Now here is a thought: Fishy breath, trampling and carnage are good things (in the right context).
I was alone on deck, sailing across the Bay of Biscay on a calm and moon-light night, close to midnight when I saw the blow of a huge whale a short distance to port. With each breath the fin whale came closer and I grew more awe-struck and apprehensive in equal measures.
The third or fourth blow was so close that I could smell it. It stank! Temporary nausea quickly gave way to the relief of having been spared a collision as this giant dived deep beneath the yacht with just a tiny bit of turbulence created by its fluke.
The encounter left me with a feeling of wonder and privilege, but little did I know at the time that the oily, fishy exhale of our great baleen whales (and their poop) are important elements of the ocean carbon cycle and therefore, part of the climate story.
A recent article by Christa Lesté-Lasserre in the New Scientist explores the role of animals in climate regulation. Recent research revealed that the feeding, trampling and pooping behaviour of top predators, including whales, wolves and sharks, as well as large herbivores, including bison and elephants are as important to storing carbon as large forest ecosystems and seagrass meadows.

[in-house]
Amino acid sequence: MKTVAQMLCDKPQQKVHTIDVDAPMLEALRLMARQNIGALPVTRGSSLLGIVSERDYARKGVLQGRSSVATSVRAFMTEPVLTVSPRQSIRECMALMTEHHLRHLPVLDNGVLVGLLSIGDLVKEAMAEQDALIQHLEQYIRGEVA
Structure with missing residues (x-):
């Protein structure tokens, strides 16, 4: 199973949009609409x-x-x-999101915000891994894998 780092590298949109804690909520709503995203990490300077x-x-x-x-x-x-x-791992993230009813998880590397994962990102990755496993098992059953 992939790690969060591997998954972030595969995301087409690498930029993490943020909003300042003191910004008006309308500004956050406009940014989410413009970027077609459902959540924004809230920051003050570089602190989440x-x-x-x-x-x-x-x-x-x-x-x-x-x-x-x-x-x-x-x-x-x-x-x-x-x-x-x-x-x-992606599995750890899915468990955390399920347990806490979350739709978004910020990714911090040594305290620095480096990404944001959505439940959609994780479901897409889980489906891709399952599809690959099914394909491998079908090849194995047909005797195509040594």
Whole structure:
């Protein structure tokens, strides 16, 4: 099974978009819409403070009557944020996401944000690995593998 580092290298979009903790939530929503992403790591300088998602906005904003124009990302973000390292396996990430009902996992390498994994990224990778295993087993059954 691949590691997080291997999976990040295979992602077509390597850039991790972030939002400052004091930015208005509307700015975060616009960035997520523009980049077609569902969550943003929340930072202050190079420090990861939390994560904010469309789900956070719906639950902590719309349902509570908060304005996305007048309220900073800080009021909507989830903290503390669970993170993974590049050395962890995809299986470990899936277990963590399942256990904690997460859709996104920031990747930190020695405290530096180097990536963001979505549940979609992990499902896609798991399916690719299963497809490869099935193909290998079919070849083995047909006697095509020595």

It works in many complex ways: large whales fertilise the surface ocean with their fishy breath and faeces, so microscopic algae can flourish, and with them the whole of the ocean food web. Large herbivores eat vegetation that otherwise competes with tree growth, disperse seeds and maintain grasslands otherwise prone to wildfires. Predators keep prey animal populations in check that otherwise could endanger the growth of plants and algae important for carbon storage.
So all of the elements of natural ecosystems are important for maintaining the planet habitable as we know it.
This shouldn’t be a surprise, although humankind has acted for centuries as if in total ignorance.
Featured Image: Finval by Aqqa Rosing-Asvid – Visit Greenland, CC BY 2.0 https://creativecommons.org/licenses/by/2.0, via Wikimedia Commons
Gallery Image Attribution:
Sharks: Satellite TV Lover, CC BY-SA 4.0 , via Wikimedia Commons
Bison: inkknife_2000 (7.5 million views +), CC BY-SA 2.0 , via Wikimedia Commons
Wolves: Martin Cathrae, CC BY-SA 2.0 , via Wikimedia Commons
Blue Whale: A. Weith: Blow of a blue whale in the Arctic sea. AWeith, CC BY-SA 4.0 , via Wikimedia Commons
Algae Bloom: Phytoplankton Bloom in the Bay of Biscay [detail] by NASA Goddard Photo and Video is licensed under CC-BY 2.0